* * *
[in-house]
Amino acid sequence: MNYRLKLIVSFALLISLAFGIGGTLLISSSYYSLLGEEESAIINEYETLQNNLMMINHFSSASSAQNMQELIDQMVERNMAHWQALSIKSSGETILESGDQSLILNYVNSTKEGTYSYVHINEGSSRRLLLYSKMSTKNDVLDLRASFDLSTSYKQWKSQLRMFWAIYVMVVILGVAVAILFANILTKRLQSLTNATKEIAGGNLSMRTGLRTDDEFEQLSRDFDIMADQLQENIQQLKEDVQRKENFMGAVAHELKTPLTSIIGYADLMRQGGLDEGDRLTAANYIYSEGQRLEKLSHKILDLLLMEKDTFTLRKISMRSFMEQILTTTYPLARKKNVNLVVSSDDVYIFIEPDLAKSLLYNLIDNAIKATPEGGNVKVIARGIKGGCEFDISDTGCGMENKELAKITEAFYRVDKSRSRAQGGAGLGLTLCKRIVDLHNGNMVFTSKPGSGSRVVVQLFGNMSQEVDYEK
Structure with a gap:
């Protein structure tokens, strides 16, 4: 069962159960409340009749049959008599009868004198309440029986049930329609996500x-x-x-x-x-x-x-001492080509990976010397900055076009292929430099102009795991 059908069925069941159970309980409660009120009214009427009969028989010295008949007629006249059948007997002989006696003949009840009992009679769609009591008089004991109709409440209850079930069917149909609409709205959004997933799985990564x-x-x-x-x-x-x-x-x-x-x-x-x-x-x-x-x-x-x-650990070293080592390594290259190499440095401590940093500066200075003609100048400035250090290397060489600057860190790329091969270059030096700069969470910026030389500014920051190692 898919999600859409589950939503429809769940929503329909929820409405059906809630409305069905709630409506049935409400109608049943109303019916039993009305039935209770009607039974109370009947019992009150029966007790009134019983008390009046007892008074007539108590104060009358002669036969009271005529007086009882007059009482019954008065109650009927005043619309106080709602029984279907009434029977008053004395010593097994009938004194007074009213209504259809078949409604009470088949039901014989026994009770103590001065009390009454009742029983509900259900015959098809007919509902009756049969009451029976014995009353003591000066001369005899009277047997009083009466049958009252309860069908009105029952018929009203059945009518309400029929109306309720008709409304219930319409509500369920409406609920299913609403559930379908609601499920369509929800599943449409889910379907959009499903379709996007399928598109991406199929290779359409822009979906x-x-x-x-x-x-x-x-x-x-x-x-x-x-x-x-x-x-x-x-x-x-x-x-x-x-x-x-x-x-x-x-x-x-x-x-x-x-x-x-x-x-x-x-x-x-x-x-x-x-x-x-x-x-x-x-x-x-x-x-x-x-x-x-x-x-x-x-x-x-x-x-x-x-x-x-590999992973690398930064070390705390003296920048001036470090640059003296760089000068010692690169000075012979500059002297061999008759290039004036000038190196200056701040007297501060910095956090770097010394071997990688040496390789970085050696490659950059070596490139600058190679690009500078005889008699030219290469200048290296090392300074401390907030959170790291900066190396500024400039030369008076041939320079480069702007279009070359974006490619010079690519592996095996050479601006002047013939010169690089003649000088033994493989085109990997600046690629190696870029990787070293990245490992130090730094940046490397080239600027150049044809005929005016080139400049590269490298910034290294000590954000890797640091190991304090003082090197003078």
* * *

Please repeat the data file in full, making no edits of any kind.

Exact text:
[in-house]
Amino acid sequence: MNYRLKLIVSFALLISLAFGIGGTLLISSSYYSLLGEEESAIINEYETLQNNLMMINHFSSASSAQNMQELIDQMVERNMAHWQALSIKSSGETILESGDQSLILNYVNSTKEGTYSYVHINEGSSRRLLLYSKMSTKNDVLDLRASFDLSTSYKQWKSQLRMFWAIYVMVVILGVAVAILFANILTKRLQSLTNATKEIAGGNLSMRTGLRTDDEFEQLSRDFDIMADQLQENIQQLKEDVQRKENFMGAVAHELKTPLTSIIGYADLMRQGGLDEGDRLTAANYIYSEGQRLEKLSHKILDLLLMEKDTFTLRKISMRSFMEQILTTTYPLARKKNVNLVVSSDDVYIFIEPDLAKSLLYNLIDNAIKATPEGGNVKVIARGIKGGCEFDISDTGCGMENKELAKITEAFYRVDKSRSRAQGGAGLGLTLCKRIVDLHNGNMVFTSKPGSGSRVVVQLFGNMSQEVDYEK
Structure with a gap:
């Protein structure tokens, strides 16, 4: 069962159960409340009749049959008599009868004198309440029986049930329609996500x-x-x-x-x-x-x-001492080509990976010397900055076009292929430099102009795991 059908069925069941159970309980409660009120009214009427009969028989010295008949007629006249059948007997002989006696003949009840009992009679769609009591008089004991109709409440209850079930069917149909609409709205959004997933799985990564x-x-x-x-x-x-x-x-x-x-x-x-x-x-x-x-x-x-x-650990070293080592390594290259190499440095401590940093500066200075003609100048400035250090290397060489600057860190790329091969270059030096700069969470910026030389500014920051190692 898919999600859409589950939503429809769940929503329909929820409405059906809630409305069905709630409506049935409400109608049943109303019916039993009305039935209770009607039974109370009947019992009150029966007790009134019983008390009046007892008074007539108590104060009358002669036969009271005529007086009882007059009482019954008065109650009927005043619309106080709602029984279907009434029977008053004395010593097994009938004194007074009213209504259809078949409604009470088949039901014989026994009770103590001065009390009454009742029983509900259900015959098809007919509902009756049969009451029976014995009353003591000066001369005899009277047997009083009466049958009252309860069908009105029952018929009203059945009518309400029929109306309720008709409304219930319409509500369920409406609920299913609403559930379908609601499920369509929800599943449409889910379907959009499903379709996007399928598109991406199929290779359409822009979906x-x-x-x-x-x-x-x-x-x-x-x-x-x-x-x-x-x-x-x-x-x-x-x-x-x-x-x-x-x-x-x-x-x-x-x-x-x-x-x-x-x-x-x-x-x-x-x-x-x-x-x-x-x-x-x-x-x-x-x-x-x-x-x-x-x-x-x-x-x-x-x-x-x-x-x-590999992973690398930064070390705390003296920048001036470090640059003296760089000068010692690169000075012979500059002297061999008759290039004036000038190196200056701040007297501060910095956090770097010394071997990688040496390789970085050696490659950059070596490139600058190679690009500078005889008699030219290469200048290296090392300074401390907030959170790291900066190396500024400039030369008076041939320079480069702007279009070359974006490619010079690519592996095996050479601006002047013939010169690089003649000088033994493989085109990997600046690629190696870029990787070293990245490992130090730094940046490397080239600027150049044809005929005016080139400049590269490298910034290294000590954000890797640091190991304090003082090197003078």